Keep up-to-date by going to KXAN’s election page for coverage ahead of election day Nov. 8 and results.
AUSTIN (KXAN) — There are five Austin City Council seats open this November alongside the crowded race for Austin mayor. District 1, 3, 5, 8 and 9 are all up for grabs this election cycle. There are nearly 30 candidates vying for those seats.
One of the most crowded races this November will be District 9, which covers large chunks of downtown Austin including the University of Texas at Austin.
KXAN’s local government reporter, Grace Reader, moderated a District 9 forum Thursday night. The event was hosted by the University Area Partners (UAP), a group of organizations that focus on campus and surrounding parts of Austin — including Safe Horns.
People in the audience asked about affordable housing prior to the forum’s end. KXAN also asked each candidate to talk about solutions to affordable housing. Here’s some of what they said, in order of how the candidates appear on the ballot:
Mitchell did not respond to inquiries from UAP to join Thursday’s debate. You can find Mitchell’s campaign website here.
Zohaib “Zo” Qadri
“I think the first thing that we need to look at is our land development code. It hasn’t been updated since 1984, so looking at some level of rewrite relating to that. But I think in the meantime, expediting the permitting process — which the longer it takes to, you know, with our current permitting process that falls on the homeowner, the cost falls on the homeowner and or the renter — looking at ADUs and more duplexes and fourplex when possible.”
You can find Qadri’s campaign website here.
“The biggest priority is you have to make the process of putting all types of housing on the ground easier, more predictable. And in addition to that, any entity that touches that process has to be more customer service oriented to be able to be a part of making sure that we have more units, more affordable units on the ground. This is a really, really big topic, big subject that we’re getting inundated with with questions. We all have very similar answers. I think the voters in District 9 have a real opportunity to try to figure out who is the best leader to implement all of the ideas that you hear about affordability.”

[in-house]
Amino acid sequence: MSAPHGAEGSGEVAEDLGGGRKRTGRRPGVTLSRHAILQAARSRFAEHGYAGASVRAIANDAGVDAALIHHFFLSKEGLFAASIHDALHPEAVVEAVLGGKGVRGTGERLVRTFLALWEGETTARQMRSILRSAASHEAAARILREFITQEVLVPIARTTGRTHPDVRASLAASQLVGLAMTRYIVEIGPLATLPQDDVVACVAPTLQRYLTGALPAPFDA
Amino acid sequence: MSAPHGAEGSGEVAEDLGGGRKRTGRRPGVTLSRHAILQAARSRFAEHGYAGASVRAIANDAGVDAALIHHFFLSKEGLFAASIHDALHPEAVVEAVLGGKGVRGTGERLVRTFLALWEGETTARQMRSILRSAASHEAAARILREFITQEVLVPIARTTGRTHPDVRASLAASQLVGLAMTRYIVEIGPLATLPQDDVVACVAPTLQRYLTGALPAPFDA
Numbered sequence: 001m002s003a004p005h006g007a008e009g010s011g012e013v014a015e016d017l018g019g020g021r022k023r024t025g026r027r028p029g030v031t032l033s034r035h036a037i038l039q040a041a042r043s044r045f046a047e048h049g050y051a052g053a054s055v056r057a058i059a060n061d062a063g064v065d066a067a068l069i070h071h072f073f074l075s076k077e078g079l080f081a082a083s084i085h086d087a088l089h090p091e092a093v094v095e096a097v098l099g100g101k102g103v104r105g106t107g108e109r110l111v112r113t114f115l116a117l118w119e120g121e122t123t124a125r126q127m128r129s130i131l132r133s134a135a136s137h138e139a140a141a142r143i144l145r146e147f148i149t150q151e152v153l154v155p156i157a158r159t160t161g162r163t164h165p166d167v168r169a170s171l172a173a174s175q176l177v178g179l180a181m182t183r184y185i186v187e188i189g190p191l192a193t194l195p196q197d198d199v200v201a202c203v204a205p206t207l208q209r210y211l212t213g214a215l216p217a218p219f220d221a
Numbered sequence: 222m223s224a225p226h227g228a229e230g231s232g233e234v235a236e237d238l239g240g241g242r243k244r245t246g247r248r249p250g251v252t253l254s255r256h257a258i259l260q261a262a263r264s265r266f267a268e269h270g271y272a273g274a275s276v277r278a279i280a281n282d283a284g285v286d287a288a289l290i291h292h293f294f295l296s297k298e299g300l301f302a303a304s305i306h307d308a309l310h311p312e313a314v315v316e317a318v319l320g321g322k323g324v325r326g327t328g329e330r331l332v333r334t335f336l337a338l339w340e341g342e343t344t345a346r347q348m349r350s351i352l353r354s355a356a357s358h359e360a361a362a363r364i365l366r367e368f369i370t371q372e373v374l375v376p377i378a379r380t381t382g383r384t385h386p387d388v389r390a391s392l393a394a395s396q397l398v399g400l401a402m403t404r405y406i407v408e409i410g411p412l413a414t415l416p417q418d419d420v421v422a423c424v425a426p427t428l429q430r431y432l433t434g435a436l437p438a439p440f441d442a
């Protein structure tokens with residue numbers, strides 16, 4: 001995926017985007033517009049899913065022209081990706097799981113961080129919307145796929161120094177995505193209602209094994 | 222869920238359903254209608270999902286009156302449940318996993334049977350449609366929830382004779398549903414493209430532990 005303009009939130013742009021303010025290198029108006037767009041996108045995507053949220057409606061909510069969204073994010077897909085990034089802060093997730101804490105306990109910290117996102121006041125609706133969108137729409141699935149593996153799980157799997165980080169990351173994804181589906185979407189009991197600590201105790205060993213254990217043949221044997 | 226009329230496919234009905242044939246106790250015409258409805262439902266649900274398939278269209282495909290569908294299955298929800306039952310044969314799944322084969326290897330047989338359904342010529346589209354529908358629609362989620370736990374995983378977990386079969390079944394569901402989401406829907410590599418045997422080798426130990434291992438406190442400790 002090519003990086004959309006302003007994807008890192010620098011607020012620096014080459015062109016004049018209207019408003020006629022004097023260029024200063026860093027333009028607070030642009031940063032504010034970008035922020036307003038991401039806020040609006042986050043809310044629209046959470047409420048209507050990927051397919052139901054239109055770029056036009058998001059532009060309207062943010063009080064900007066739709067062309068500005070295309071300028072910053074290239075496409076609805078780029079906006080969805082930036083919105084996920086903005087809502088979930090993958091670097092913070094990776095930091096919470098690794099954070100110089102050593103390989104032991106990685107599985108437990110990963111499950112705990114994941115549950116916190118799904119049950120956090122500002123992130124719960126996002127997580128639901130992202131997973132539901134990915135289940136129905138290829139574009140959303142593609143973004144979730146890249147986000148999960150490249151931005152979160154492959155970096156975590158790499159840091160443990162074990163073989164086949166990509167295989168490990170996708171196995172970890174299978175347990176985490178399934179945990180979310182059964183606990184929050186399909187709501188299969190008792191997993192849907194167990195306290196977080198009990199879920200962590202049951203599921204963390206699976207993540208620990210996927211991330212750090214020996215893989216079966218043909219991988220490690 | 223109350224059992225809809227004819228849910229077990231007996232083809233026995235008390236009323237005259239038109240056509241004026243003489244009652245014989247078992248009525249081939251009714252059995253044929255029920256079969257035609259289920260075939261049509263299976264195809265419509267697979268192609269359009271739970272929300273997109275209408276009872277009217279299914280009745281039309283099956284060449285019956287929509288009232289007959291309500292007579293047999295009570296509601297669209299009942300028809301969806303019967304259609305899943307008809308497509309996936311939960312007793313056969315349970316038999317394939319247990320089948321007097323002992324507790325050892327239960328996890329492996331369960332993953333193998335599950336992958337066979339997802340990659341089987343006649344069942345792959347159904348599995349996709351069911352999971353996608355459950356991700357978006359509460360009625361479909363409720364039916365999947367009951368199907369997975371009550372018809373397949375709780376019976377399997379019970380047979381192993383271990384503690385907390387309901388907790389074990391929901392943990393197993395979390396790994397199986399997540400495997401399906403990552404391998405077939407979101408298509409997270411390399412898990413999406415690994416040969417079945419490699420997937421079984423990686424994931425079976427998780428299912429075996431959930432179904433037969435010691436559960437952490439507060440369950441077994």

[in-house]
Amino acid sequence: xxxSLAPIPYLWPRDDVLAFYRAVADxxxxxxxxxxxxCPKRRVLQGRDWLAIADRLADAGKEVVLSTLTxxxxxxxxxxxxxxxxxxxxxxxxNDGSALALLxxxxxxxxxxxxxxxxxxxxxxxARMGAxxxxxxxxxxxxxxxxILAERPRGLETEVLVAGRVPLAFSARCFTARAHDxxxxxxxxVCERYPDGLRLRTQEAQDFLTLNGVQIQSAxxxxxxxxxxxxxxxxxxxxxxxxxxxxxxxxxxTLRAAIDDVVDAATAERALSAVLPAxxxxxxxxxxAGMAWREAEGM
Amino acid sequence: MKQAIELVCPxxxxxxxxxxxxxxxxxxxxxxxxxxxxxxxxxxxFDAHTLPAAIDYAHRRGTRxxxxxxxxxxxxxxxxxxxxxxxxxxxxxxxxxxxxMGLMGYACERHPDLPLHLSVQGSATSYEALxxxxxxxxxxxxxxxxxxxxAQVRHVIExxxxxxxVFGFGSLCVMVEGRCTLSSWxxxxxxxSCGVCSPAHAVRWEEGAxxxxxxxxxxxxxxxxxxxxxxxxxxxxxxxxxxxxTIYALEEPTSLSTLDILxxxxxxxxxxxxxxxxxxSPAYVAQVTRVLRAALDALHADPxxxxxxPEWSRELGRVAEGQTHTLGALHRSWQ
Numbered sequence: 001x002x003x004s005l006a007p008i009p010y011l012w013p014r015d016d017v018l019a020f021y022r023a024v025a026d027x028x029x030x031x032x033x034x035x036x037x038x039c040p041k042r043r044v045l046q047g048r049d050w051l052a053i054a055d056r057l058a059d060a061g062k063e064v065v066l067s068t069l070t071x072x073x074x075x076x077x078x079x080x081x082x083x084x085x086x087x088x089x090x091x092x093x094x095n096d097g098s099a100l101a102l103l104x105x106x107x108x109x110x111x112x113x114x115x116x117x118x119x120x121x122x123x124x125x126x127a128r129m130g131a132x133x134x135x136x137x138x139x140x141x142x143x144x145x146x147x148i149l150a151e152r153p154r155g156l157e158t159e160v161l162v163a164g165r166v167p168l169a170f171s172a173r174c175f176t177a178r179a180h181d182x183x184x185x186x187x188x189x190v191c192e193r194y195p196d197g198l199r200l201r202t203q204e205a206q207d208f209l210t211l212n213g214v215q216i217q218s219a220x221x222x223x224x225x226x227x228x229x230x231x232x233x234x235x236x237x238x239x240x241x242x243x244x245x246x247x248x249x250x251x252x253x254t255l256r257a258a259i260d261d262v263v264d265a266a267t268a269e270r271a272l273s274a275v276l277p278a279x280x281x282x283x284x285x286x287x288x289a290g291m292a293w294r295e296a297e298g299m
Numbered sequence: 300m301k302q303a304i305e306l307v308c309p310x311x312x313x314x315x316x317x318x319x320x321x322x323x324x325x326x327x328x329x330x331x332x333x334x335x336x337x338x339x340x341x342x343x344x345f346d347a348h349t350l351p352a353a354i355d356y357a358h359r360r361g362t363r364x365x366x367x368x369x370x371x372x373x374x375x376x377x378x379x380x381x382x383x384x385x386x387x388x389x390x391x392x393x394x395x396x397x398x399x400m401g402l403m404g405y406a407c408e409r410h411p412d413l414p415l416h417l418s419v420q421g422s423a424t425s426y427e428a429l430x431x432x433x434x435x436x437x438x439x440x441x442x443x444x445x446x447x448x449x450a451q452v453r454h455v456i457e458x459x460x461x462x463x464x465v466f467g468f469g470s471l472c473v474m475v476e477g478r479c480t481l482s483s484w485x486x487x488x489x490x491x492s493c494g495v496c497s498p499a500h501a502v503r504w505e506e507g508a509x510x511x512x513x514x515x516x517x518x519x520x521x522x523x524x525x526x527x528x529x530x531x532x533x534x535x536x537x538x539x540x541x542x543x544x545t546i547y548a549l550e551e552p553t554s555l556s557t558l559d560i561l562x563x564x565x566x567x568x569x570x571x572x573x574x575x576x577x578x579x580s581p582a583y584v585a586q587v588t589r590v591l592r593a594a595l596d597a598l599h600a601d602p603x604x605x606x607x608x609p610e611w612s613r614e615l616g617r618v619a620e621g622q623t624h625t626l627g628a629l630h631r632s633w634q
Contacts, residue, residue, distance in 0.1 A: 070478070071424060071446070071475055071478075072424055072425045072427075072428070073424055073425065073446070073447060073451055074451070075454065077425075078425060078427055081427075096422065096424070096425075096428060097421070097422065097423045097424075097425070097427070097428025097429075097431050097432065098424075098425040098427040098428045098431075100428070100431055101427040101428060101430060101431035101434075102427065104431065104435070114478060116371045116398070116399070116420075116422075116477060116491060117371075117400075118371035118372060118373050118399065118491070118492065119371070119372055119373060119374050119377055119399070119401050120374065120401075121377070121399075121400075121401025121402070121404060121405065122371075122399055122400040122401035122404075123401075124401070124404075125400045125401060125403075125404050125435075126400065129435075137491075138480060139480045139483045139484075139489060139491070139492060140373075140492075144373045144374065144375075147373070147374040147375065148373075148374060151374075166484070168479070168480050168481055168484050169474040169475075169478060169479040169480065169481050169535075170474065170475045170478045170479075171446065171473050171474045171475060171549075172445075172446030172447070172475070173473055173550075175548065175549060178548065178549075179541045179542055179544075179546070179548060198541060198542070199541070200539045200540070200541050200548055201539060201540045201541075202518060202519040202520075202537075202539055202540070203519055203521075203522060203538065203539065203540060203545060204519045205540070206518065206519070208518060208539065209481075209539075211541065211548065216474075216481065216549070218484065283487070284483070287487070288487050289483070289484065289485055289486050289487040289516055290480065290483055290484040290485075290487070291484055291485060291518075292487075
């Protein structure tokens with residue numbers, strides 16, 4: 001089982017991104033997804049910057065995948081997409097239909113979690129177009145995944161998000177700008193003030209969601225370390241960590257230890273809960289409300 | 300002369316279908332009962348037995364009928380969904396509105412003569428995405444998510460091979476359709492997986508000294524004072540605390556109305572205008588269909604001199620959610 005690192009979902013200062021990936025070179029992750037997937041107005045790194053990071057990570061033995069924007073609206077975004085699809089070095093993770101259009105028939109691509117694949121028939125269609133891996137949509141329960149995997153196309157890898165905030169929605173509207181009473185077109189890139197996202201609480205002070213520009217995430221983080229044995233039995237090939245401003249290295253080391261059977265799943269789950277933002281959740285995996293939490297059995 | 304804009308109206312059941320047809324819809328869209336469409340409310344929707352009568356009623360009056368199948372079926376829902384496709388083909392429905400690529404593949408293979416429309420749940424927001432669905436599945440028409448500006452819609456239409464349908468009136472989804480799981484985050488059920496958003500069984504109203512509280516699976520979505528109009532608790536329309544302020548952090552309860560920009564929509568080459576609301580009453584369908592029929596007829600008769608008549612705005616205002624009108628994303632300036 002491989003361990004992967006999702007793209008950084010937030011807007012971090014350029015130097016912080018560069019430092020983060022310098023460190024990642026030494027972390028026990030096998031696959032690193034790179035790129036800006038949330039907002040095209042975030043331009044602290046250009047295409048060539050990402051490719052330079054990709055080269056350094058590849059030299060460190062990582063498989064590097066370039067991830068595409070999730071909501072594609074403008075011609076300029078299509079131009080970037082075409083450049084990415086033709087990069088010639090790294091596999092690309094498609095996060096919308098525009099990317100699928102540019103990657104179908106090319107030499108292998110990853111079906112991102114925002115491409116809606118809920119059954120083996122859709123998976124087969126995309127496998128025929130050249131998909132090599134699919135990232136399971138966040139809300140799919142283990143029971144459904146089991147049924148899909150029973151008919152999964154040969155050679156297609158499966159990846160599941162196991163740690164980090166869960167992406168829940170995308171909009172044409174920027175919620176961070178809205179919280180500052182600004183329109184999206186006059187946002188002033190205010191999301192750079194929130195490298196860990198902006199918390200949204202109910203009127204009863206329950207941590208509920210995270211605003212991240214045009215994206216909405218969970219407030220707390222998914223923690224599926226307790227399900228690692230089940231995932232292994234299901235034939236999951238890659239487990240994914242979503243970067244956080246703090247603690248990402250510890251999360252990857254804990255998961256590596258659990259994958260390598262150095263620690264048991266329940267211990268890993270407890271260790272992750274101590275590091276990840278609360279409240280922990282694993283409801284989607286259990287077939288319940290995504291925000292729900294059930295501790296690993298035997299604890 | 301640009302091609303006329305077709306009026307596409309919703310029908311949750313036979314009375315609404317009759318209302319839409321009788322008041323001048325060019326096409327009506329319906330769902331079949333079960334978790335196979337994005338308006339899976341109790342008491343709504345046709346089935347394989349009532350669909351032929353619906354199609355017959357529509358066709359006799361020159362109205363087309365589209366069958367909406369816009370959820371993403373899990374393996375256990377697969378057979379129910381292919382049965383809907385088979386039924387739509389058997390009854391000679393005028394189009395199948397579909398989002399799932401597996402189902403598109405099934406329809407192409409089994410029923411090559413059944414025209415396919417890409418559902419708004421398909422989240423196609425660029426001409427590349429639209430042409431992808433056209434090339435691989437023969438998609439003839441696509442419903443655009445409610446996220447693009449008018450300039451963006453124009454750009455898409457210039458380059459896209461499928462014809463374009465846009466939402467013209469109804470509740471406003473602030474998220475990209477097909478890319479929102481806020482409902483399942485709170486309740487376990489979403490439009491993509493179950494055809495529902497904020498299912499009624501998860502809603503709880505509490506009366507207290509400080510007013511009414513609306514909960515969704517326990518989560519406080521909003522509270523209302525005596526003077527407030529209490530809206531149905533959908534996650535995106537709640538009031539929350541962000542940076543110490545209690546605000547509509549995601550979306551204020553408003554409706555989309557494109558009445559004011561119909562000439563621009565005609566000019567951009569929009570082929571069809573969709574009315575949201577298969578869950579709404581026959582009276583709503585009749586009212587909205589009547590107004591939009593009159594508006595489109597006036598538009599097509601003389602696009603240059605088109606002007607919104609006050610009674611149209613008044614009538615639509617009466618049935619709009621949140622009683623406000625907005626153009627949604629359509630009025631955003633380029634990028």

You can find Smith’s campaign website here.
“In District 9 we play a pretty unique role in the city in that it’s a central part of the city and so I think there are some core areas that we should focus on. I think one is with seniors. We have a lot of people that are trying to age-in-place in this community but they’re being priced out because of increasing property taxes and rents, but they’ve lived here in their homes or in this district for 30-40 years and so I want to develop mechanisms in which these people are able to afford to age-in-place and I think one of the ways we can do that is to relax some of the rules to allow them to more seamlessly able to make ADUs — which are accessory dwelling units — behind their homes. I think these homes could then house students or medics, firefighters, etc.”
You can find Spearman’s campaign website here.
“I’de like to start with the building permits. I’de like to take it all apart. I’de like full transparency and a full audit of where our money is actually going. It shouldn’t be this expensive to live here and not be able to pay city employees that’s ridiculous.”
You can find Olson’s Twitter page here.
“There’s a number of things we can do to try to take a bite out of the costs right now. I think whether you’re a renter or a home owner what I’m hearing at the doors every day is that the current situations is not working. I would divide it into three sort of attacks. The land development code really is subsidizing and sort of incentivizing the most expensive type of housing and sprawl and so I think that there are opportunities to create the incentives within that to build smaller, more affordable housing both as infill and along our corridors. Secondarily, our permitting process is just a mess and adds what I have estimated up to 20% cost per unit. So just cleaning up that bureaucracy is a huge opportunity. And then finally I think we have an opportunity to partner much more effectively with entities like UT, like Travis County, like AISD, and large employers to build both for students, faculty, staff, employees housing.”
You can find Leffler’s campaign website here.
“I would like to see more land trusts available. I would also like to see the AISD use some of their schools that have been permanently closed to house teachers. I’m a teacher myself and so I would like to see that be utilized for housing.”
You can find Guerrero’s campaign website here.
“There’s a number of things, I mean simply put though we need to make sure that we build enough housing to meet the demand there is near opportunities such as jobs and school and services. We also need to continue to build up the number of income restricted units, you know, that are available to just people of particular incomes. And then of course we have to continue to subsidize housing for the lowest income earners especially to ensure that we house the unhoused.”
You can find Wald’s campaign website here.
You can find your Travis County sample ballot here.